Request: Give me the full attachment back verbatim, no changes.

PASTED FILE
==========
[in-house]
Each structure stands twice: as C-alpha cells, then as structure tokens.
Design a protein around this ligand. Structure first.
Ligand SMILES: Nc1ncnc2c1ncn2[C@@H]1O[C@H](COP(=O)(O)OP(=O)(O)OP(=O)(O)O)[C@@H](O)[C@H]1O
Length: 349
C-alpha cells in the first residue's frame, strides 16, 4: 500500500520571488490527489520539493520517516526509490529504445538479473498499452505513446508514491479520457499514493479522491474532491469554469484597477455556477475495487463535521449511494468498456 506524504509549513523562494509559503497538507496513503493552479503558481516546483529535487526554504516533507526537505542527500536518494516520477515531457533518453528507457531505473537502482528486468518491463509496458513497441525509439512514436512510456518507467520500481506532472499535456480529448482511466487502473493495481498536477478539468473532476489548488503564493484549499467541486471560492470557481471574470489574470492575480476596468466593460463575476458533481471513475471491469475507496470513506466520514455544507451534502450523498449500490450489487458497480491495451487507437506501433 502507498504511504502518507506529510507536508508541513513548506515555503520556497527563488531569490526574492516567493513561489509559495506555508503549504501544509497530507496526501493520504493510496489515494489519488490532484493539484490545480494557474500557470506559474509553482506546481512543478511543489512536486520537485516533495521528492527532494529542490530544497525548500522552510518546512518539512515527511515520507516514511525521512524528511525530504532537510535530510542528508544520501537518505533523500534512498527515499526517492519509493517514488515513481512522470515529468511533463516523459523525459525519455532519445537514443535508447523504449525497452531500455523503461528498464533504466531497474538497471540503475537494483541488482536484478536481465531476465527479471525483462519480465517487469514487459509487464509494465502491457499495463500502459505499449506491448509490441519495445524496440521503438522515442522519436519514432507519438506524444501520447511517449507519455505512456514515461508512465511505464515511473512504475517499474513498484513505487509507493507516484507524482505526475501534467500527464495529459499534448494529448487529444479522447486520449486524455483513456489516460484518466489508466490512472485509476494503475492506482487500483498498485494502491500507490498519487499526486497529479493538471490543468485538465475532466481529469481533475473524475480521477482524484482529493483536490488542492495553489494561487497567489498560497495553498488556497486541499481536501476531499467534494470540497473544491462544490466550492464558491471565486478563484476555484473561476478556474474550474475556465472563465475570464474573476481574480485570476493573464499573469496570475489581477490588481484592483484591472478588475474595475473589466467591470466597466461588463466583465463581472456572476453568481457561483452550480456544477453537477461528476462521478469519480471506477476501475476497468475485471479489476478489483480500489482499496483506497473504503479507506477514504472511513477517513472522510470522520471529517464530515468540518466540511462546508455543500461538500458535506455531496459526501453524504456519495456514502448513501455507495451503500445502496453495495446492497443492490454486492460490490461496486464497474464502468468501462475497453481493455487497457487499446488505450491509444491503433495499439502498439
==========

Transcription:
[in-house]
Each structure stands twice: as C-alpha cells, then as structure tokens.
Design a protein around this ligand. Structure first.
Ligand SMILES: Nc1ncnc2c1ncn2[C@@H]1O[C@H](COP(=O)(O)OP(=O)(O)OP(=O)(O)O)[C@@H](O)[C@H]1O
Length: 349
C-alpha cells in the first residue's frame, strides 16, 4: 500500500520571488490527489520539493520517516526509490529504445538479473498499452505513446508514491479520457499514493479522491474532491469554469484597477455556477475495487463535521449511494468498456 506524504509549513523562494509559503497538507496513503493552479503558481516546483529535487526554504516533507526537505542527500536518494516520477515531457533518453528507457531505473537502482528486468518491463509496458513497441525509439512514436512510456518507467520500481506532472499535456480529448482511466487502473493495481498536477478539468473532476489548488503564493484549499467541486471560492470557481471574470489574470492575480476596468466593460463575476458533481471513475471491469475507496470513506466520514455544507451534502450523498449500490450489487458497480491495451487507437506501433 502507498504511504502518507506529510507536508508541513513548506515555503520556497527563488531569490526574492516567493513561489509559495506555508503549504501544509497530507496526501493520504493510496489515494489519488490532484493539484490545480494557474500557470506559474509553482506546481512543478511543489512536486520537485516533495521528492527532494529542490530544497525548500522552510518546512518539512515527511515520507516514511525521512524528511525530504532537510535530510542528508544520501537518505533523500534512498527515499526517492519509493517514488515513481512522470515529468511533463516523459523525459525519455532519445537514443535508447523504449525497452531500455523503461528498464533504466531497474538497471540503475537494483541488482536484478536481465531476465527479471525483462519480465517487469514487459509487464509494465502491457499495463500502459505499449506491448509490441519495445524496440521503438522515442522519436519514432507519438506524444501520447511517449507519455505512456514515461508512465511505464515511473512504475517499474513498484513505487509507493507516484507524482505526475501534467500527464495529459499534448494529448487529444479522447486520449486524455483513456489516460484518466489508466490512472485509476494503475492506482487500483498498485494502491500507490498519487499526486497529479493538471490543468485538465475532466481529469481533475473524475480521477482524484482529493483536490488542492495553489494561487497567489498560497495553498488556497486541499481536501476531499467534494470540497473544491462544490466550492464558491471565486478563484476555484473561476478556474474550474475556465472563465475570464474573476481574480485570476493573464499573469496570475489581477490588481484592483484591472478588475474595475473589466467591470466597466461588463466583465463581472456572476453568481457561483452550480456544477453537477461528476462521478469519480471506477476501475476497468475485471479489476478489483480500489482499496483506497473504503479507506477514504472511513477517513472522510470522520471529517464530515468540518466540511462546508455543500461538500458535506455531496459526501453524504456519495456514502448513501455507495451503500445502496453495495446492497443492490454486492460490490461496486464497474464502468468501462475497453481493455487497457487499446488505450491509444491503433495499439502498439